By Ryan Shaw
It is common to hear about “movements” today. We may refer to our campus ministry, local church network or denomination as a movement.
We want to see “movements to Christ” among unreached people groups and rapid reproducing “church planting movements” where today there are few disciples. Our hearts long for a “movement” across the body of Christ prioritizing the great commission as it was intended.
God is building true movements around the world but we need to understand what they are. As we are partnering with God in the “mission movement” it is essential to grasp what it means to see “the great commission” as a movement.
A professor of mine from Fuller Theological Seminary, Dr. Bobby Clinton, has studied movements for many years. He not only studies Christian movements, but secular movements, religious movements of all kinds, historical movements, social movements, etc.
His conclusion is that movements have similar characteristics no matter their type. There are commonalities that exist whether the movements surround an ideology or a ministry.
There are five common commitments made on the part of those involved in a movement. These apply the same to a movement like communism or a movement seeking to outlaw abortion.
We want to understand and embrace these five commitments as we work to see the “mission movement” developed, matured and spread across the body of Christ globally.
Clinton defines a movement as a “groundswell of people committed to a person or ideals and characterized by the following important commitments.”
1) Commitment to Personal Involvement
2) Commitment to Persuade Others to Join
3) Commitment to the Beliefs and Ideals of the Movement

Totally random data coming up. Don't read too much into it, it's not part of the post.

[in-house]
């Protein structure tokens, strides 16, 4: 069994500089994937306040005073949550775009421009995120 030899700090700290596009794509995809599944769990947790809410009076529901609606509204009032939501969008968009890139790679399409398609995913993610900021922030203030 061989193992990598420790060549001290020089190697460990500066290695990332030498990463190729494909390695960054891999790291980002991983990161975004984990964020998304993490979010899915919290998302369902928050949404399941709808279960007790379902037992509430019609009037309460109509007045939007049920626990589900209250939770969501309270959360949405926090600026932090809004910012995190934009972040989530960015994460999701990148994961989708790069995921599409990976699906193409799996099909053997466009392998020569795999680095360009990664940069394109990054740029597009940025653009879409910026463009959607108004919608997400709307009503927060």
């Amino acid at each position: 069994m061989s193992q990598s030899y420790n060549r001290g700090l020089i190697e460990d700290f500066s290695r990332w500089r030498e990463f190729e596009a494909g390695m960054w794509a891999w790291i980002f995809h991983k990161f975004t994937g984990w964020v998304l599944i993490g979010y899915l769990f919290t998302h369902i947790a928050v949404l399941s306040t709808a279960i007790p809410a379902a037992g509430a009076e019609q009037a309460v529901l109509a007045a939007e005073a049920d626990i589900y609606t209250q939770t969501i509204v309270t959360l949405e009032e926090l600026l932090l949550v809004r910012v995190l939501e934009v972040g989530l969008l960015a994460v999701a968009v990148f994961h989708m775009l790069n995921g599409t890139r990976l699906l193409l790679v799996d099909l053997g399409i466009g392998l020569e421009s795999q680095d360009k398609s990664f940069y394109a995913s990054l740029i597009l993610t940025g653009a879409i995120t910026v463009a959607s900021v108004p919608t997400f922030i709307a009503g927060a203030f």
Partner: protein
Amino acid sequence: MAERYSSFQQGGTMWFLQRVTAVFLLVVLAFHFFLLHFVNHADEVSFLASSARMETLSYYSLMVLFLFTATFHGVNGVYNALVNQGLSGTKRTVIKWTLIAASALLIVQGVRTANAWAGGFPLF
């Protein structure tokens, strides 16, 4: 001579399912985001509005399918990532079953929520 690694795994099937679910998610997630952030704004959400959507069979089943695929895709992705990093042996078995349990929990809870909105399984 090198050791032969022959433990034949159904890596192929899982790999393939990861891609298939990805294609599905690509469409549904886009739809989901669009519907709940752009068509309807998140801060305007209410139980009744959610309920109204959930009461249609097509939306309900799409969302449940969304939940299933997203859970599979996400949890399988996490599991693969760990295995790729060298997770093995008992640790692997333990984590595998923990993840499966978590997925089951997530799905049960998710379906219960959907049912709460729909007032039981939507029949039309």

4) Commitment to Participate In a Non-Bureaucratic, Cell-Group Organization
5) Commitment to Endure Opposition and Misunderstanding
The movement toward seeing the fulfillment of the great commission in this generation requires each of these five commitments being internalized by those pursuing it. This means prioritizing the great commission to its rightful place and being committed as an active voice on its behalf.
We don’t participate in movements by standing on the sideline. We are either in or not in as there is very little middle ground.
The Christian movement started in the book of Acts had each of these five in full effect. Those exalting Jesus as Lord are part of an incredible movement with committed roots. It is difficult to claim to be committed believers yet withhold ourselves from the Christian movement as a whole.
Like these five characteristics, Jesus calls us to a life of personal commitment and potentially embracing difficulty in order to follow Him in His movement.
In order to work alongside Him as He works out His purposes in the earth, we need to be wholehearted in commitment to these characteristics.
The most effective movements have been through those who not only bought into these five characteristics, but who did so with great zeal and sacrifice.
2 thoughts on “The Five Characteristics of Movements”
I love it
A good start. Be nice to flesh out the difference between a movement and a ministry/church/church mission statement. e.g. The missional movement, the house church movement, the church planting movement, are not the same as a single church ministry that might view itself as a movement just because it has the spread of the Gospel in it’s mission statement. Or, is that not the case?